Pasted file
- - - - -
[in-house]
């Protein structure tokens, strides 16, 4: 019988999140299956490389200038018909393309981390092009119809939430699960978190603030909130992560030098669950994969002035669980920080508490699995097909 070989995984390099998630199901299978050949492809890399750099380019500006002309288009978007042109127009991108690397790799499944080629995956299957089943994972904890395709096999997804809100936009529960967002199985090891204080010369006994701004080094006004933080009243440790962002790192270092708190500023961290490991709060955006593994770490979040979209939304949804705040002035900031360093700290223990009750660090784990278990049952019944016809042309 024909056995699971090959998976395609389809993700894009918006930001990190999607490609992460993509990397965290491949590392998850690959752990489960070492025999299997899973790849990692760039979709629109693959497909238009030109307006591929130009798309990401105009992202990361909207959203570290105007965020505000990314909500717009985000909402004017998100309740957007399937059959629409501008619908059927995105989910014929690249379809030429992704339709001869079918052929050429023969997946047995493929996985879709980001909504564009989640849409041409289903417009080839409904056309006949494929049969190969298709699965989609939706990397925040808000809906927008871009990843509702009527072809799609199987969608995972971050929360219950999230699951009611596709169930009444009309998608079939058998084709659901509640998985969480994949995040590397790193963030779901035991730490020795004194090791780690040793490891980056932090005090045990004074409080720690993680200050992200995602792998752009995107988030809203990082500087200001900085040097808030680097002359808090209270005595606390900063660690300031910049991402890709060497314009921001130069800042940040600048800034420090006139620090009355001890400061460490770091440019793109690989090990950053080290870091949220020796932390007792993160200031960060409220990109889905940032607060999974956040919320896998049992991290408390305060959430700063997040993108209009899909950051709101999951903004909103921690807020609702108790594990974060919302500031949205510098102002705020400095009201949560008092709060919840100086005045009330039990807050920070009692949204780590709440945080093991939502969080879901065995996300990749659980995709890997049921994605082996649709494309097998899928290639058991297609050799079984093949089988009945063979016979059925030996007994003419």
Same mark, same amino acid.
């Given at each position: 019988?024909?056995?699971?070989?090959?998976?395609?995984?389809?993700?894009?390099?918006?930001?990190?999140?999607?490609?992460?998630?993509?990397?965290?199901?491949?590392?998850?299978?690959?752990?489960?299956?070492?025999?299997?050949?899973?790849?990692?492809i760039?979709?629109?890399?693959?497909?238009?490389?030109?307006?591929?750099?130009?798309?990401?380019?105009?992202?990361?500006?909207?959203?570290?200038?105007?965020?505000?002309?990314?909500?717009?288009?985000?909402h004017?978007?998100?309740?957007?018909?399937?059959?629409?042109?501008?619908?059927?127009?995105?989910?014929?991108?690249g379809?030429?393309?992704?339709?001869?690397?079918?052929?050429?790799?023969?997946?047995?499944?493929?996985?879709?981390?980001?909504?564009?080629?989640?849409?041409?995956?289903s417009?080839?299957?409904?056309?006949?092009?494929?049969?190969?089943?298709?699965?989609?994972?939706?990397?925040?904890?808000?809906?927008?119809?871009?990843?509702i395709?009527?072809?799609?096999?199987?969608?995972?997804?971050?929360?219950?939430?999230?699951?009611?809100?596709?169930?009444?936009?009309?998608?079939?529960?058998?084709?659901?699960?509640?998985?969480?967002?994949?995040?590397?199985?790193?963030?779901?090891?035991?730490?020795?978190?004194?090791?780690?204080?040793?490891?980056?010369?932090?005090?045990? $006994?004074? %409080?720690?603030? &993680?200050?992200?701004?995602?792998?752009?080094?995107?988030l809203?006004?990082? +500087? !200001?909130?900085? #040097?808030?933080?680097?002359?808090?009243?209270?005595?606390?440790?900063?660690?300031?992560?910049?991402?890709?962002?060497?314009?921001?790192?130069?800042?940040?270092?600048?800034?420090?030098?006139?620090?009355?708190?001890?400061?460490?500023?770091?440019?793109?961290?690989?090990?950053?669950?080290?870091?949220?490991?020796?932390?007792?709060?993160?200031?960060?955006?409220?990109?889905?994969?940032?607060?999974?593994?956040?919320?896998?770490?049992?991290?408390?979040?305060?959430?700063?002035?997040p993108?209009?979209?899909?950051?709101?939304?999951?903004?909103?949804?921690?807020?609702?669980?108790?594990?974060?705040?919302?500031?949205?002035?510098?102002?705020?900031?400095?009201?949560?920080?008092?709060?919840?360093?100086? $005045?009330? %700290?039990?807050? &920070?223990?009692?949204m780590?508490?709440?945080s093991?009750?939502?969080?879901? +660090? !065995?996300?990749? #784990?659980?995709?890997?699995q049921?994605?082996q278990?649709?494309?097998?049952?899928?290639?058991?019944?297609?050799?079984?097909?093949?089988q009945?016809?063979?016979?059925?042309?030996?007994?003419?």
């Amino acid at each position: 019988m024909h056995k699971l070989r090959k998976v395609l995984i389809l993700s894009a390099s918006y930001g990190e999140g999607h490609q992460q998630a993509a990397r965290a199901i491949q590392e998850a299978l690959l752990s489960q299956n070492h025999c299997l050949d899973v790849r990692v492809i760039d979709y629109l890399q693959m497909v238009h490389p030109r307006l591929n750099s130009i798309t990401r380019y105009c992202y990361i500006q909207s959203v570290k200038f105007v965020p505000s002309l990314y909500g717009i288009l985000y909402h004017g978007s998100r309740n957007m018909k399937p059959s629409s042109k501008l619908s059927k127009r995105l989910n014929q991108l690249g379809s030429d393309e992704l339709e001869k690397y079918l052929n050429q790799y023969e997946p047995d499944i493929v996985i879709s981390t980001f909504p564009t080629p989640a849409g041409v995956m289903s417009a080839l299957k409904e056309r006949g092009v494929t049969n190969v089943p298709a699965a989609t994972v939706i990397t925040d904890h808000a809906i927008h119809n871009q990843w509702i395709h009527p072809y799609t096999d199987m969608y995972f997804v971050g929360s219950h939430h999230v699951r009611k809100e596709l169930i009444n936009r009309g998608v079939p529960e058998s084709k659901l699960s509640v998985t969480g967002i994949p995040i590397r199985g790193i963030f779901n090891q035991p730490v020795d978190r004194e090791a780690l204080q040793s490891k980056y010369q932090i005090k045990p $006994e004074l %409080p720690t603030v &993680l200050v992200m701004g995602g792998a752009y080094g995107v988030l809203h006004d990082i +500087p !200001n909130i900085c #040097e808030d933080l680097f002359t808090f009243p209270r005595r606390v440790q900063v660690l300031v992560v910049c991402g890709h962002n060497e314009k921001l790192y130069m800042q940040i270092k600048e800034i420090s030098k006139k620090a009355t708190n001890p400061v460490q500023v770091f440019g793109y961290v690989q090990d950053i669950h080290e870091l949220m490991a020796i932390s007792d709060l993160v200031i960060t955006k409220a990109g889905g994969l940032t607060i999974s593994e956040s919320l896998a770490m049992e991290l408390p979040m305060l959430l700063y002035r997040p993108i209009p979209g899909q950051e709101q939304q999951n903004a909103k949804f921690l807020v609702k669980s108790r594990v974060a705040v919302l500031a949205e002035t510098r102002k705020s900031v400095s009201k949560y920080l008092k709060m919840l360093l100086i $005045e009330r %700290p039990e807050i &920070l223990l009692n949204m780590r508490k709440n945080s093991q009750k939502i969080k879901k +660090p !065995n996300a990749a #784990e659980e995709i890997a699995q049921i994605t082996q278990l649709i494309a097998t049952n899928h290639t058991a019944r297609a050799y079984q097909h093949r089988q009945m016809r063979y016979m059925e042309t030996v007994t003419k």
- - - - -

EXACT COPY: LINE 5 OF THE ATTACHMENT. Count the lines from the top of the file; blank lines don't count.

């Amino acid at each position: 019988m024909h056995k699971l070989r090959k998976v395609l995984i389809l993700s894009a390099s918006y930001g990190e999140g999607h490609q992460q998630a993509a990397r965290a199901i491949q590392e998850a299978l690959l752990s489960q299956n070492h025999c299997l050949d899973v790849r990692v492809i760039d979709y629109l890399q693959m497909v238009h490389p030109r307006l591929n750099s130009i798309t990401r380019y105009c992202y990361i500006q909207s959203v570290k200038f105007v965020p505000s002309l990314y909500g717009i288009l985000y909402h004017g978007s998100r309740n957007m018909k399937p059959s629409s042109k501008l619908s059927k127009r995105l989910n014929q991108l690249g379809s030429d393309e992704l339709e001869k690397y079918l052929n050429q790799y023969e997946p047995d499944i493929v996985i879709s981390t980001f909504p564009t080629p989640a849409g041409v995956m289903s417009a080839l299957k409904e056309r006949g092009v494929t049969n190969v089943p298709a699965a989609t994972v939706i990397t925040d904890h808000a809906i927008h119809n871009q990843w509702i395709h009527p072809y799609t096999d199987m969608y995972f997804v971050g929360s219950h939430h999230v699951r009611k809100e596709l169930i009444n936009r009309g998608v079939p529960e058998s084709k659901l699960s509640v998985t969480g967002i994949p995040i590397r199985g790193i963030f779901n090891q035991p730490v020795d978190r004194e090791a780690l204080q040793s490891k980056y010369q932090i005090k045990p $006994e004074l %409080p720690t603030v &993680l200050v992200m701004g995602g792998a752009y080094g995107v988030l809203h006004d990082i +500087p !200001n909130i900085c #040097e808030d933080l680097f002359t808090f009243p209270r005595r606390v440790q900063v660690l300031v992560v910049c991402g890709h962002n060497e314009k921001l790192y130069m800042q940040i270092k600048e800034i420090s030098k006139k620090a009355t708190n001890p400061v460490q500023v770091f440019g793109y961290v690989q090990d950053i669950h080290e870091l949220m490991a020796i932390s007792d709060l993160v200031i960060t955006k409220a990109g889905g994969l940032t607060i999974s593994e956040s919320l896998a770490m049992e991290l408390p979040m305060l959430l700063y002035r997040p993108i209009p979209g899909q950051e709101q939304q999951n903004a909103k949804f921690l807020v609702k669980s108790r594990v974060a705040v919302l500031a949205e002035t510098r102002k705020s900031v400095s009201k949560y920080l008092k709060m919840l360093l100086i $005045e009330r %700290p039990e807050i &920070l223990l009692n949204m780590r508490k709440n945080s093991q009750k939502i969080k879901k +660090p !065995n996300a990749a #784990e659980e995709i890997a699995q049921i994605t082996q278990l649709i494309a097998t049952n899928h290639t058991a019944r297609a050799y079984q097909h093949r089988q009945m016809r063979y016979m059925e042309t030996v007994t003419k």